Friday, January 25, 2019

The Rolling Stones' Rock and Roll Circus - 50 Years Ago

Along the lines of Magical Mystery TourThe Rolling Stones' Rock and Roll Circus was an obscure December 1968 sideshow that featured clowns, tigers, fire-eaters, the Rolling Stones and a menagerie of musicians like The Who, Eric Clapton and John Lennon. Unhappy with their performance, The Stones shelved the project and cancelled its premiere on the BBC. A clip of The Who performing "A Quick One While He's Away" made it into The Kids Are Alright, but the rest stayed on the shelf until 1996. 

The Stones put together the circus after releasing Beggar's Banquet and finding themselves on top with a smash single in "Jumpin’ Jack Flash," and a top 10 album on three continents. Ringmaster/producer Mick Jagger recruited his sideshow friends along with Marianne Faithfull, Taj Mahal and the then-unknown Jethro Tull (having only released their first album, This Was, six weeks prior). Twenty hours of filming resulted in a production that alternated between vaudevillian spectacle and offbeat rock and roll. Especially noteworthy is a blistering version of the Beatles' "Yer Blues" by the Dirty Mac, a supergroup featuring John Lennon on rhythm guitar and vocals, Eric Clapton on lead, Keith Richards on bass and Mitch Mitchell (of The Jimi Hendrix Experience) on drums. The Stones went on at 1am, performing a set that included several songs from Beggar's Banquet and the as-yet unreleased "You Can’t Always Get What You Want." It is, despite the self-deprecation, a stellar performance building to a hypnotic "Sympathy For The Devil" and a rousing sing-along of "Salt Of The Earth," featuring all the side show freaks.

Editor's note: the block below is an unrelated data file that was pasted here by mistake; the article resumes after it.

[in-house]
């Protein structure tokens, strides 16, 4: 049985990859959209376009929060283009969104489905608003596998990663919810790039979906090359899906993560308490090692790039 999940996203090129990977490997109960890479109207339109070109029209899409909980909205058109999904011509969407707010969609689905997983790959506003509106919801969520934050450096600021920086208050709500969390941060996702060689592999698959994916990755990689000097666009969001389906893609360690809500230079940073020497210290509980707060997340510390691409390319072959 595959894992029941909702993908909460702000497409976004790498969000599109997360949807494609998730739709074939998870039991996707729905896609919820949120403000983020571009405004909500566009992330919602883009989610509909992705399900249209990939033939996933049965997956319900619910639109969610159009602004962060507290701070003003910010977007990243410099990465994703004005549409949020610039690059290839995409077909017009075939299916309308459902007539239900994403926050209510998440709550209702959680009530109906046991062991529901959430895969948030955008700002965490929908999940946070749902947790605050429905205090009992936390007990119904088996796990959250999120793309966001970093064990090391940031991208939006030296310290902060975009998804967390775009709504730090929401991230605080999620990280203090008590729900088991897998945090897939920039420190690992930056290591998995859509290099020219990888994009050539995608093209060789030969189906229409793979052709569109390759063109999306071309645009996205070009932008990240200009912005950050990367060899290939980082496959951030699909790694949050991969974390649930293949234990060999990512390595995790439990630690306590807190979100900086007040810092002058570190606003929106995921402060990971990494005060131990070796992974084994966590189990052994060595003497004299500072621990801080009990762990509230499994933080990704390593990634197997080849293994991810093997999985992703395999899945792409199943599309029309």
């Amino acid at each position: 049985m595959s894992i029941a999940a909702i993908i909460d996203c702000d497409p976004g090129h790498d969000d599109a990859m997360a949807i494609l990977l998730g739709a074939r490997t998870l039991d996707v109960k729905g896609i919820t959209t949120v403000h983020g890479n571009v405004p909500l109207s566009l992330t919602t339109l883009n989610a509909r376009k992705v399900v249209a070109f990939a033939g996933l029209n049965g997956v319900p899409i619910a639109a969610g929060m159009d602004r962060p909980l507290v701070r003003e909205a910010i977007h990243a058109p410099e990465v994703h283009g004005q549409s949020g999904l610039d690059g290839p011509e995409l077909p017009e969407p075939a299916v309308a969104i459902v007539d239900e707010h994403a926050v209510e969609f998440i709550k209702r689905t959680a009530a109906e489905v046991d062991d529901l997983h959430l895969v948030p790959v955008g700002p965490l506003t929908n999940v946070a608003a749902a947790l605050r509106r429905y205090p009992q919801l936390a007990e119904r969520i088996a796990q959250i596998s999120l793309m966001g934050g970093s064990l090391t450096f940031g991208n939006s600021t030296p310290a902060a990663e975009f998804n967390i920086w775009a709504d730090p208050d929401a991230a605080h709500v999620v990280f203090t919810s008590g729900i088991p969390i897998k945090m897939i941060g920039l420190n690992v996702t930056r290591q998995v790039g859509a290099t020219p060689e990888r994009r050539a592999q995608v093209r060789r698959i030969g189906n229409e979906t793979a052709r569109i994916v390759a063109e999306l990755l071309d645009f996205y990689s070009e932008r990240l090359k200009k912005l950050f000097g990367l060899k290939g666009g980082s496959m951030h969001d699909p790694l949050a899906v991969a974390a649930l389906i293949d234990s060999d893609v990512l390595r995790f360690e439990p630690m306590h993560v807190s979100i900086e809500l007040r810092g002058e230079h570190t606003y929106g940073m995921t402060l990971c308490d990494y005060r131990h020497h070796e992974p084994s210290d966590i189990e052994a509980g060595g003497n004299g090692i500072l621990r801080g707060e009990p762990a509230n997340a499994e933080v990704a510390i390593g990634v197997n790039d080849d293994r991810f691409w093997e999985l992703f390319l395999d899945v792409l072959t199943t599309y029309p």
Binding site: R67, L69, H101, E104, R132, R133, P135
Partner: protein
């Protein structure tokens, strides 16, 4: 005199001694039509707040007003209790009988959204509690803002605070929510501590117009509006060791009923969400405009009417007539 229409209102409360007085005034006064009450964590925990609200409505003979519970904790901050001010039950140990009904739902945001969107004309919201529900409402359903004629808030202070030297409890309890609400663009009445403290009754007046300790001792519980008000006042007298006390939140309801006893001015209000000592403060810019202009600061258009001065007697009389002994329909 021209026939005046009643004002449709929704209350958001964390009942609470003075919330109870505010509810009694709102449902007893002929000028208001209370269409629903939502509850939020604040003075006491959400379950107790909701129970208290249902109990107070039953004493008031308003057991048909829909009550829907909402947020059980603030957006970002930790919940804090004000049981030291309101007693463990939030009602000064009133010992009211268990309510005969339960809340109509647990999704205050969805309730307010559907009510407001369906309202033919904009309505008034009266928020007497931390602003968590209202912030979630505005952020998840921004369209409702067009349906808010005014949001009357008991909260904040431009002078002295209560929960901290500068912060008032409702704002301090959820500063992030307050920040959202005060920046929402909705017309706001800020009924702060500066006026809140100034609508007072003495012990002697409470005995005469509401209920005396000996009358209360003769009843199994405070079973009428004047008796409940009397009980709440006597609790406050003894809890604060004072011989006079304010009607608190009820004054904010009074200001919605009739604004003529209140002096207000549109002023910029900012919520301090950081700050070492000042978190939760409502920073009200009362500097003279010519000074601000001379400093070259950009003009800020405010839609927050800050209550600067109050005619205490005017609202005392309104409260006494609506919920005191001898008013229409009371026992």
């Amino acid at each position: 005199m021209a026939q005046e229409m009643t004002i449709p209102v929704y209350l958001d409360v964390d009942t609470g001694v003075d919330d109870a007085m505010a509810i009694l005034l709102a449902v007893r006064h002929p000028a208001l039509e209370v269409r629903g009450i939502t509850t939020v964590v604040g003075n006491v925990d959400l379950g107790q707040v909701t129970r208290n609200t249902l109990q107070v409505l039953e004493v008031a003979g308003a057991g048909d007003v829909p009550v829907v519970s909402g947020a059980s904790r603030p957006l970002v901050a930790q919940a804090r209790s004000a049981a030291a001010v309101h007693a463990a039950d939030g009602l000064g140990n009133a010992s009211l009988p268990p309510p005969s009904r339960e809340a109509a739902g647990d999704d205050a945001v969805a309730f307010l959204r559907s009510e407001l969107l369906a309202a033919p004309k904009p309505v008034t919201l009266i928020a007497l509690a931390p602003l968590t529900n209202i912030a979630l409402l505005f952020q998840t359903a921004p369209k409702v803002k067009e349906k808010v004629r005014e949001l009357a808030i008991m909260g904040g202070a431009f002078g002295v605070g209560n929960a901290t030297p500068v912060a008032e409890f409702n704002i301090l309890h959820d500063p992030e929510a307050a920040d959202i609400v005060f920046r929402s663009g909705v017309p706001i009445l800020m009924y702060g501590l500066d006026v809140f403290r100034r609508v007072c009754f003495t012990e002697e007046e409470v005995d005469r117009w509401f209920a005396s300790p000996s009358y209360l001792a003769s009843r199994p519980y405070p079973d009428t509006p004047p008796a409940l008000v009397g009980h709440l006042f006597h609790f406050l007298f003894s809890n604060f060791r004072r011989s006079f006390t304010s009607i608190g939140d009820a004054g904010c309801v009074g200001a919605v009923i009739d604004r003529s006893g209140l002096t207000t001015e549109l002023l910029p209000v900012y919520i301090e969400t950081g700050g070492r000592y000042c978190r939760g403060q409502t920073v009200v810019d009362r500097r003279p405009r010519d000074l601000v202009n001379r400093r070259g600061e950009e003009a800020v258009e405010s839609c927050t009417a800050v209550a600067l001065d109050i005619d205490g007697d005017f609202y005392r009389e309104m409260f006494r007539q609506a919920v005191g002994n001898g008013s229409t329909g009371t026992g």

The Rock 'n Roll Circus was  the first major performance of  Jethro Tull, featuring their first and last gig with guitarist Tony Iommi, who left just weeks later to form Black Sabbath; it was one of the first times The Who performed a rock opera live (and nailed it); it featured one of the first rock supergroups, The Dirty Mac (a play on Fleetwood Mac) and Lennon's first concert performance without the Beatles. As well, it was the last time the original Rolling Stones performed live, and sadly, the last gig for Brian Jones, who was found face down in a swimming pool but a month later. The special had its origins when Jagger, seeking an innovative way to promote Beggars Banquet, teamed with director Michael Lindsay-Hogg (Brideshead Revisited, Let It Be) to create a television concert with a circus theme filmed in front of an audience of invited guests. The broadcast begins with all the performers entering at once, followed by Jagger dressed as a ringmaster and offering an invocation to the viewers. At times a bit tortured and contrite, The Rolling Stones' Rock 'n' Roll Circus is a must watch (once) and a great listen weeded down to a playlist.

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